U.S. Commodity Futures Trading Commission (CFTC) Chairman Gary Gensler announced a “new era of swaps market reform” beginning today, when new rules and regulations affecting the $650 trillion swaps market go into effect.
“The days of the opaque swaps market are ending,” Gensler began a keynote address he delivered at George Washington University on Wednesday.
Gensler’s address compared the current swaps market reform to legislation in the 1930’s that helped end the Great Depression and bring “transparency to the securities and futures markets, and protect investors from fraud, manipulation and other abuses.”
The address came amid complaints from House Republicans that the CFTC has wasted taxpayer money and caved to “ideological” aims in its pursuit of position limits rules. Gensler’s remarks on swaps market reform were broad in historical scope and were perhaps meant to create some breathing room for the agency in a highly charged political moment.
“Congress and President Obama responded [to the financial crisis] with the Dodd-Frank Wall Street Reform and Consumer Protection Act (Dodd-Frank Act) and tasked the Commodity Futures Trading Commission (CFTC) and Securities and Exchange Commission (SEC) with bringing transparency to and lowering the risk of the swaps market – the same type of public protections that have worked for decades in the securities and futures markets,” Gensler said.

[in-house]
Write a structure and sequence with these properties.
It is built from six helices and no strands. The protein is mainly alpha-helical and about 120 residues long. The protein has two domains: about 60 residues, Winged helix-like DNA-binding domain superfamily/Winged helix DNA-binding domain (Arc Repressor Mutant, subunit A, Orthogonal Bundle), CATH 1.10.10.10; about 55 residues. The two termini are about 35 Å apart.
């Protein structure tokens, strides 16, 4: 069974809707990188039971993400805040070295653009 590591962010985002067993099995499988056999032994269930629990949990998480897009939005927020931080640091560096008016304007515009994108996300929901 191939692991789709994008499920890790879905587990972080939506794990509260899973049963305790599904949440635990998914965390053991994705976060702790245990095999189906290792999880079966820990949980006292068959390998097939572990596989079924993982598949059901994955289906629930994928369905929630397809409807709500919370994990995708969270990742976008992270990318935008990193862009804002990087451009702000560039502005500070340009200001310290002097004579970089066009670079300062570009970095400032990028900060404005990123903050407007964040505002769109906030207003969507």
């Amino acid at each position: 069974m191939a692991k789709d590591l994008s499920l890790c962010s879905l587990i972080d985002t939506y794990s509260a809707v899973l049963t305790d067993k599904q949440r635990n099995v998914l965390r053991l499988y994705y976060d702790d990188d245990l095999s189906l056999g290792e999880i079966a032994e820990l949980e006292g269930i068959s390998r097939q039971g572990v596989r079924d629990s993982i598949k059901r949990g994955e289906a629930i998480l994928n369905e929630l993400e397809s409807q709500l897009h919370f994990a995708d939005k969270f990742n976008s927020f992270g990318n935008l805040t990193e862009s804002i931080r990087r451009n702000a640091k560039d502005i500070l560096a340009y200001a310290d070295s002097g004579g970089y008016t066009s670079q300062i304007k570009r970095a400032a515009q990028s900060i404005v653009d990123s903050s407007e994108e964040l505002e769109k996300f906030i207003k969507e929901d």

Gensler continued by outlining the nature of the CFTC’s swaps market reforms:
CFTC on Transparency
The CFTC has called for real-time public reporting and reporting to swap data repositories (SDRs) of interest rate and credit default swap (CDS) indices. Reporting for energy and other commodities is expected to begin soon, although there has been some speculation about delays on those reforms.
CFTC on Regulating Dealers
“Swap dealers will begin the process of registering and, for the first time, will come under comprehensive regulation,” Gensler said.
After registering, swap dealers will have to implement new standards aimed at lowering risk. They will also be required to use practices that “prohibit fraud, treat customers fairly, and improve transparency.”
CFTC on Clearing
The CFTC aims to bring more swaps under central clearing, which Gensler argues “lowers the risk of the highly interconnected financial system.” One of the new clearing regulations will be the LSOC (legal segregation with operational commingling) that is to be implemented by clearinghouses on November 8. This rule prevents clearinghouses from using collateral from customers who haven’t defaulted.
Gensler ended his speech with a rhetorical flourish, one that reiterated the arrival of a new era of swaps reform.
“Bright lights of transparency will shine, dealers will come under comprehensive regulation and standardized swaps between financial entities shortly will be centrally cleared. The public will benefit and our markets will be stronger in this new era,” Gensler said.